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Author's Reply

Published:August 16, 2022DOI:https://doi.org/10.1016/j.jjcc.2022.07.018
      We thank Mr. Singh, a medical student in the United Kingdom, for reading our recent article [
      • Kagaya Y.
      • Tabata M.
      • Arata Y.
      • Kameoka J.
      • Ishii S.
      Feasibility and effectiveness of cardiac auscultation training with a cardiology patient simulator for first-year medical students.
      ] with great interest. We also appreciate Mr. Singh's perspective on our work on cardiac auscultation training for first-year medical students. In this study, a total of 43 first-year medical students in 2015–2019 participated in three 1.5-hour extra-curricular classes using a cardiology patient simulator and comprising mini-lectures, facilitated training, two different auscultation tests (the second test closer to clinical setting than the first), and a questionnaire. The results of the cardiac auscultation tests were compared with those of 556 fourth-year medical students who participated in a compulsory single 3-hour cardiac auscultation class in 2016–2019. We found that the accuracy rates of all heart sounds (second/third/fourth sounds) and murmurs (aortic stenosis, aortic regurgitation, mitral regurgitation, and mitral stenosis) and that of all heart sounds were higher in the first-year students than in the fourth-year students in both the first and second tests. The accuracy rate of murmurs was higher in the first-year students than in the fourth-year students in the first test, but not in the second test. As we described in the article and Mr. Singh mentioned in the letter, repetitive training (1.5 h × 3) of cardiac auscultation for the first-year students may have been more effective than a single 3-hour training class for the fourth-year students. However, we would like to emphasize that there are still several possible explanations for the higher accuracy rates in the auscultation tests in the first-year students than those in the fourth-year students. As described in our article, since the class for the first-year students was an extracurricular program, it is highly possible that only well motivated students, in terms of learning cardiac auscultation, may have participated in the classes. The difference in the percentage of female students between the first-year (49 %) and fourth-year (16 %) students may also have affected the results of the cardiac auscultation tests. In addition, the younger age of the first-year students, compared to the fourth-year students, may have played a role in their higher accuracy rates in the cardiac auscultation tests.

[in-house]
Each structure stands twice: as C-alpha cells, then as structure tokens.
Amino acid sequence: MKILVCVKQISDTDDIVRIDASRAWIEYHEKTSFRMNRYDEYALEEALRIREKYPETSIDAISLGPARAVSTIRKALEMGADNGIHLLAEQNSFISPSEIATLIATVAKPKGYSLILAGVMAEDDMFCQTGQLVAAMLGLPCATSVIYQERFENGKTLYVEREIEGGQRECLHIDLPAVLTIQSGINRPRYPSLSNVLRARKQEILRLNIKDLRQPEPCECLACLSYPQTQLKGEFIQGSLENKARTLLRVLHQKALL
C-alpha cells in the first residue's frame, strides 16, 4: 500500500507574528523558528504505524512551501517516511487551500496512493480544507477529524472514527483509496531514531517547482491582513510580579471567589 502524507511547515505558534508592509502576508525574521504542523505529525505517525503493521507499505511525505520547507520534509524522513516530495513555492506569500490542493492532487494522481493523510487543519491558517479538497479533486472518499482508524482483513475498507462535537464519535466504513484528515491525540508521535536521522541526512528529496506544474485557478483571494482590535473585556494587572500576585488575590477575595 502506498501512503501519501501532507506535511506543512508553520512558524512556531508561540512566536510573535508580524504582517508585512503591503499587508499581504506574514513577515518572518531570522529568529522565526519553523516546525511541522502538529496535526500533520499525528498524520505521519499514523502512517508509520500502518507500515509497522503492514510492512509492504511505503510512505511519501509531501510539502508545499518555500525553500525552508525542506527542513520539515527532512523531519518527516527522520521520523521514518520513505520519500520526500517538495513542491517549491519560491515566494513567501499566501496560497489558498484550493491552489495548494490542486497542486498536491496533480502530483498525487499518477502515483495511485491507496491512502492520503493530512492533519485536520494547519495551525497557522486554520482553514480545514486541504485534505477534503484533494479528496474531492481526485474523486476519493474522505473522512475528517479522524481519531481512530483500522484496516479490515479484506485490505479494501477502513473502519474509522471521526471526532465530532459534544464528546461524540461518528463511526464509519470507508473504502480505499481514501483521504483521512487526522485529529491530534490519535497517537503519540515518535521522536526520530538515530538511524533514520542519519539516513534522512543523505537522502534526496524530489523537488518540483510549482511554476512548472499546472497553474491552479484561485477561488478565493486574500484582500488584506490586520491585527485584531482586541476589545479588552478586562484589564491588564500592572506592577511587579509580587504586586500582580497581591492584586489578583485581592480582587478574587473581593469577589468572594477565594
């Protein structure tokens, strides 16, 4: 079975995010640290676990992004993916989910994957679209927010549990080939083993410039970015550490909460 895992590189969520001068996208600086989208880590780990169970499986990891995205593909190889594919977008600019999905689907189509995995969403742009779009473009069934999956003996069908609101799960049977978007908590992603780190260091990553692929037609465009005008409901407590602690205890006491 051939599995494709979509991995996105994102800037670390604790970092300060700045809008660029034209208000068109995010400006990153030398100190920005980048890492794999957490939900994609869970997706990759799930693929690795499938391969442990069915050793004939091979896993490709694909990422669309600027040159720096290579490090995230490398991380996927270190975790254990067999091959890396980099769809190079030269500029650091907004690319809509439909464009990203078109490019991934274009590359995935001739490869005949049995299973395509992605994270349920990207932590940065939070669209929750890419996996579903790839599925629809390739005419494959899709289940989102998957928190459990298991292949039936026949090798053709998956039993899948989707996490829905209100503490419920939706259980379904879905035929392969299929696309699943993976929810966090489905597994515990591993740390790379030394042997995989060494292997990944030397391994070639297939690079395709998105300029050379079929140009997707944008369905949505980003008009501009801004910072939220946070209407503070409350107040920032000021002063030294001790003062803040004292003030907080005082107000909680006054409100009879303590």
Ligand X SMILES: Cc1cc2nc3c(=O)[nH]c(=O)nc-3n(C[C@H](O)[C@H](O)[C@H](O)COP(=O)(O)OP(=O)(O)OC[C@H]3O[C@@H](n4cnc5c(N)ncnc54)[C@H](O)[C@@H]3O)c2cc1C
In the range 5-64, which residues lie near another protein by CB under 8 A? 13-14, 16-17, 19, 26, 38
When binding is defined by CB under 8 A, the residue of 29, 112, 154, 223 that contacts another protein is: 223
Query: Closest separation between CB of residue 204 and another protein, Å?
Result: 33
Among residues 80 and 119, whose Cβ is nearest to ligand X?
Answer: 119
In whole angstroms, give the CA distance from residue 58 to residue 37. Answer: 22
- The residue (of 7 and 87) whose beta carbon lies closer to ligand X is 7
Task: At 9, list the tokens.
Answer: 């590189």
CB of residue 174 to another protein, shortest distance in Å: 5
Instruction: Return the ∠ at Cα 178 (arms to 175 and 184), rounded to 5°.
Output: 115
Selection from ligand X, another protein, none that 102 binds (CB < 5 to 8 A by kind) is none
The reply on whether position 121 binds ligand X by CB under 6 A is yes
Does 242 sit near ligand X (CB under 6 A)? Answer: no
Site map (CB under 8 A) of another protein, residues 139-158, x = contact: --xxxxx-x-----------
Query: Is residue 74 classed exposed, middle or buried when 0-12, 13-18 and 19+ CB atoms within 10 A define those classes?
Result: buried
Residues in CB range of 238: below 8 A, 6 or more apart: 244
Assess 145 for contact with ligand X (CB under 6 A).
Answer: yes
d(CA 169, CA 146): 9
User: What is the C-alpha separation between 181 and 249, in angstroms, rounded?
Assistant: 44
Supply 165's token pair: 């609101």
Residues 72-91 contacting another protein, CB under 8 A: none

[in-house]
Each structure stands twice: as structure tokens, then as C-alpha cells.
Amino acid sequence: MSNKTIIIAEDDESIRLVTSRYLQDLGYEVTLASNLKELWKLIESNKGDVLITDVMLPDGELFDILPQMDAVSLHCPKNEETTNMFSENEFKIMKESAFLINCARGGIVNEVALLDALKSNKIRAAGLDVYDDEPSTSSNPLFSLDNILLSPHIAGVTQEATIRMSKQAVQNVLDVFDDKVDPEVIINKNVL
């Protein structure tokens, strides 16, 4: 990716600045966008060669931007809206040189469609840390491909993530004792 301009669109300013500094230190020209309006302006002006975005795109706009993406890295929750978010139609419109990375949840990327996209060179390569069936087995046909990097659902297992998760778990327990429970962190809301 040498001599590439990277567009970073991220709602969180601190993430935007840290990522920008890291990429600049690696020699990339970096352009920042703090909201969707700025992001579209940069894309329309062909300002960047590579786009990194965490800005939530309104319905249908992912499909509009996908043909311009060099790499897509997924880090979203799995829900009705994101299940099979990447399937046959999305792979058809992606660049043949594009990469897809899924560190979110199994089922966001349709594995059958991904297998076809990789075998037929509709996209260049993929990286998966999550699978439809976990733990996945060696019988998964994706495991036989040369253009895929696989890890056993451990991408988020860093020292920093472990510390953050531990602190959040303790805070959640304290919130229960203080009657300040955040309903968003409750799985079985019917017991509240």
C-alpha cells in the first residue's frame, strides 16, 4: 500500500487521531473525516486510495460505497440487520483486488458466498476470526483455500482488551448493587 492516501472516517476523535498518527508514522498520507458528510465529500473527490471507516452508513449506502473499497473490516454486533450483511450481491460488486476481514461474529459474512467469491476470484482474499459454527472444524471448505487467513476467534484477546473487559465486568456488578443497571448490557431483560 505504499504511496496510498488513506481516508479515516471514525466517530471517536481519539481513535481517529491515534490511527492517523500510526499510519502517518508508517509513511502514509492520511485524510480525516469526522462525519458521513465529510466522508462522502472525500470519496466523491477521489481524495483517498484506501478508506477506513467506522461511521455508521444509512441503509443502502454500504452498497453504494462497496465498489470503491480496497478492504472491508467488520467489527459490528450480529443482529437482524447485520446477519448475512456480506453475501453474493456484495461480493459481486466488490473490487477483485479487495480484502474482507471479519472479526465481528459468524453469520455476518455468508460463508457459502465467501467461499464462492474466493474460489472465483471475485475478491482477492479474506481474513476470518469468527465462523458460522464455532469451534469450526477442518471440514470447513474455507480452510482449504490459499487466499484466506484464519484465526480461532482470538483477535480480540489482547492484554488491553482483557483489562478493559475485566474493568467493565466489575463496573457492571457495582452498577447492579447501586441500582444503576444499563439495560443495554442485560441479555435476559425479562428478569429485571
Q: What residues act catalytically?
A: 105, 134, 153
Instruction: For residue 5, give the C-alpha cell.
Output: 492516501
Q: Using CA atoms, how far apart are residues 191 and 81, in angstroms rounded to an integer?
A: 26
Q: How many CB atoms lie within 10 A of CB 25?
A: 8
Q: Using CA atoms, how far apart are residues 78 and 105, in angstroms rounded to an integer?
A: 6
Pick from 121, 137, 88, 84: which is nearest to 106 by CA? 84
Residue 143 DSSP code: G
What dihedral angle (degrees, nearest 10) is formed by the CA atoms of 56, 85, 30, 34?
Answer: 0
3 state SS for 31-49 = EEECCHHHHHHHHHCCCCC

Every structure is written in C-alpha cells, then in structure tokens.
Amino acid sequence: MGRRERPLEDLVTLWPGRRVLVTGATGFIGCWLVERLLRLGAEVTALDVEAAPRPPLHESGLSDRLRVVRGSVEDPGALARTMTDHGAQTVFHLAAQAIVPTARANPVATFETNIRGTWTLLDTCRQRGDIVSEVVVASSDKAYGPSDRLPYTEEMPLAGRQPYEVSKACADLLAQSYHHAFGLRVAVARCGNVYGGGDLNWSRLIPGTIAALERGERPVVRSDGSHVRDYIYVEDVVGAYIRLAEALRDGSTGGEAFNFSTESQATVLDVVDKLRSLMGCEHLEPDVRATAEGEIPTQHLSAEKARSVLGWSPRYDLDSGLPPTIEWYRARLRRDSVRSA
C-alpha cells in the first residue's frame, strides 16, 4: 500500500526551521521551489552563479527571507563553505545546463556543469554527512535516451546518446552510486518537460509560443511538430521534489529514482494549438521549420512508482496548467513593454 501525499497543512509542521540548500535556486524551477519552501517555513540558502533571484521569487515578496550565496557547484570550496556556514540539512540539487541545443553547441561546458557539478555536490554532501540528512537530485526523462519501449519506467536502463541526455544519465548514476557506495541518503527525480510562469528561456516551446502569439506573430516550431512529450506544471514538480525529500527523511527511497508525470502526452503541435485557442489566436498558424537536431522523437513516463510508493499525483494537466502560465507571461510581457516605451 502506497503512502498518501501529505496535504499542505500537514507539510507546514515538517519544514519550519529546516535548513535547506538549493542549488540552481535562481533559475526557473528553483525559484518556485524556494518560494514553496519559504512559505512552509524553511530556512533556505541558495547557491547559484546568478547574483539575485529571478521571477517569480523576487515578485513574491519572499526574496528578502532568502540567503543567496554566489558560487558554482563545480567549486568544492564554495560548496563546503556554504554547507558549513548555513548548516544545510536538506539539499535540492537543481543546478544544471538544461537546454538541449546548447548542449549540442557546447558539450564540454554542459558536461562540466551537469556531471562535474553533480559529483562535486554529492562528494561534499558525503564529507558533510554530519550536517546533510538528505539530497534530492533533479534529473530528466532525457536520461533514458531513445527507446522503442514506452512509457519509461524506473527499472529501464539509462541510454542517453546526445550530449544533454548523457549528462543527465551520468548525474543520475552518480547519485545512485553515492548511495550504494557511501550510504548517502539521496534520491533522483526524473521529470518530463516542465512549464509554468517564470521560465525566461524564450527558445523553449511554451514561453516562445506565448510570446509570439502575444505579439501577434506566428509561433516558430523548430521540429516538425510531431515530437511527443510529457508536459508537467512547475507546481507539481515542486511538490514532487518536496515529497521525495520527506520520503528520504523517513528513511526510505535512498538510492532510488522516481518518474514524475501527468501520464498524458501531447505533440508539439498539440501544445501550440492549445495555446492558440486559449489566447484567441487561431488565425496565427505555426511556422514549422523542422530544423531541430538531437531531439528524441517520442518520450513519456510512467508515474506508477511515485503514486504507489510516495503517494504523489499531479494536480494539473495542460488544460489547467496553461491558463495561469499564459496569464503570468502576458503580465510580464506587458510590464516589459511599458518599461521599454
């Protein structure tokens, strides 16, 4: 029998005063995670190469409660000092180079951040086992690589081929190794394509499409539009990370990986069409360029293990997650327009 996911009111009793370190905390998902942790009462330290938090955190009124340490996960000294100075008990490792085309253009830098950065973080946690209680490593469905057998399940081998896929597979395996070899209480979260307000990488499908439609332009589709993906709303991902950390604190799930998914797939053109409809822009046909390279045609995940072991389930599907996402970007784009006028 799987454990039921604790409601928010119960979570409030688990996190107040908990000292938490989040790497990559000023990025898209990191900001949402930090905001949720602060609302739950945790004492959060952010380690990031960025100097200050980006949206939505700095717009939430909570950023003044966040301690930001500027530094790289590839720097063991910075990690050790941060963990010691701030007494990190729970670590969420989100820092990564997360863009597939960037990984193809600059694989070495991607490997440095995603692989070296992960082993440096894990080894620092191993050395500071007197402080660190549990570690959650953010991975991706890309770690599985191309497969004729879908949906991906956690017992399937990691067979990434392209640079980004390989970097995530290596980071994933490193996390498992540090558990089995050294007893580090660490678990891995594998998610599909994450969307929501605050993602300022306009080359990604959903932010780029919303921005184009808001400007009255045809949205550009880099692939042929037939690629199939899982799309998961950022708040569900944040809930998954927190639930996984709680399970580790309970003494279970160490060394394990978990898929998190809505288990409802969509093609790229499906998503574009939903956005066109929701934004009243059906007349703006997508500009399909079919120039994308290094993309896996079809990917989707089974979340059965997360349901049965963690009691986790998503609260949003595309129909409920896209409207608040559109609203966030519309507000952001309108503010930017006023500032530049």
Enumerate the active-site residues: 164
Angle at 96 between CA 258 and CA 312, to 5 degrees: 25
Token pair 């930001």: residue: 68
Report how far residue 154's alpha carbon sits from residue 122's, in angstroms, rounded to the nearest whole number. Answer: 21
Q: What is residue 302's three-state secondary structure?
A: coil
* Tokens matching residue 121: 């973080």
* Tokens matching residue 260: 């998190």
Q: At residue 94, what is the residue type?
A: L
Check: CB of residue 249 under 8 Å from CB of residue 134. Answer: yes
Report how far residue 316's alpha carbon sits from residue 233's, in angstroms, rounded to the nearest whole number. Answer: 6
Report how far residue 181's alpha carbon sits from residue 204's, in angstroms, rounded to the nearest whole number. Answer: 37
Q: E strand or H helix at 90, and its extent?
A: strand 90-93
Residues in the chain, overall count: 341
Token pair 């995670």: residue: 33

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      References

        • Kagaya Y.
        • Tabata M.
        • Arata Y.
        • Kameoka J.
        • Ishii S.
        Feasibility and effectiveness of cardiac auscultation training with a cardiology patient simulator for first-year medical students.
        J Cardiol. 2022; (In press)https://doi.org/10.1016/j.jjcc.2022.06.007
        • Kagaya Y.
        • Tabata M.
        • Arata Y.
        • Kameoka J.
        • Ishii S.
        Employment of color doppler echocardiographic video clips in a cardiac auscultation class with a cardiology patient simulator: discrepancy between students' satisfaction and learning.
        BMC Med Educ. 2021; 21: 600